shift into any other, almost; Cinderella probably began as an inchoate shape, and even now many variants wander a good deal from the type, as it were, of the tale. A type we have, somewhat vague, indeed, but still a type. That must, to my mind, have been evolved, once for all, out of something less definite, and must have wandered far and wide. But, if so, it is urged, "if the stories have been imported into civilised lands, the savage element in them cannot prove anything as to the primitive conceptions of these civilised lands." When a civilised land had "primitive conceptions", I fancy that those were very like other primitive conceptions. A land of primitive conceptions is hardly a civilised land. The United States are a civilised land, but the primitive conceptions of the land were such as arise in the minds of Hurons and Eskimo. Again, I never supposed that savage tales were pitch-forked, except as recognised folk-lore, into the midst of a civilised people, and that the savage element in the tales took root there. To my mind the chief of the borrowing, say the drifting of a tale from ancient Egypt, or where you will, to Samoa, or Lake Superior, was done very long ago. The Germans may well have handed, for example, their form of Cinderella to the Gauls, long before the days of Arminius, or the Gauls may have given it to the Celts, or both may have known it before the "Aryan separation". Long ere Germany was civilised these tales were old in the Egypt of the Ramessids. Palæolithic man may have had his own forms of them. Diffusion, in such times, was not like the importation of Callaway's Tales from the Zulu into England. That does not infect us with savage ideas; the old borrowers and lenders, our remote ancestors, were on a very different footing. This seems obvious. There are very few considerable cases of modern borrowing in civilised times. England took over Perrault, wholesale; that is a rare instance. But England had no Cinderella of her own, no Sleeping Beauty, no Puss in Boots; she was obliged to borrow.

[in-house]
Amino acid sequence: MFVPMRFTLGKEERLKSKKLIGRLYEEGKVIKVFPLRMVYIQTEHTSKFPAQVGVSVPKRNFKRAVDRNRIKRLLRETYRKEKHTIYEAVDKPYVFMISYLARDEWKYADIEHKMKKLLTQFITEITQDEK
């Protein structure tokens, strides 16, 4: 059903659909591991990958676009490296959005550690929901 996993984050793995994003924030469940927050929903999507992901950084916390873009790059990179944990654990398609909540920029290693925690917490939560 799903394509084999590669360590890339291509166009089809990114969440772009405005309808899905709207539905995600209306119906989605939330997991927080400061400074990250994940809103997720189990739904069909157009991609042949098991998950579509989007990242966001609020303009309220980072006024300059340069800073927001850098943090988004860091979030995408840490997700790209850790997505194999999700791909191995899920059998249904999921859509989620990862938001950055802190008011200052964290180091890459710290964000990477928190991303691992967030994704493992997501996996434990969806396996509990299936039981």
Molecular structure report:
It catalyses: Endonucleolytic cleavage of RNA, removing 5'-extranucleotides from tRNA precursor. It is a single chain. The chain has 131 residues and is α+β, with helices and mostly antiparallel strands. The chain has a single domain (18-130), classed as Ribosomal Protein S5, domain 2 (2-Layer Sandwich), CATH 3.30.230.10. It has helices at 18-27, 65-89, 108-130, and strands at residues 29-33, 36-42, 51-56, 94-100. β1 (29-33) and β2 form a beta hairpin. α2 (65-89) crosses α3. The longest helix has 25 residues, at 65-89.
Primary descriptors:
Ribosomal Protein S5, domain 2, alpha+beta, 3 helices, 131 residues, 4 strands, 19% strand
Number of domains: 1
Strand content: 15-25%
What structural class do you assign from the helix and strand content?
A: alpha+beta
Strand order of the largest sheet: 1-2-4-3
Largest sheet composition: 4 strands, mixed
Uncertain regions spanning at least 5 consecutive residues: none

Page:Folk-lore - A Quarterly Review. Volume 4, 1893.djvu/434
Cinderella and the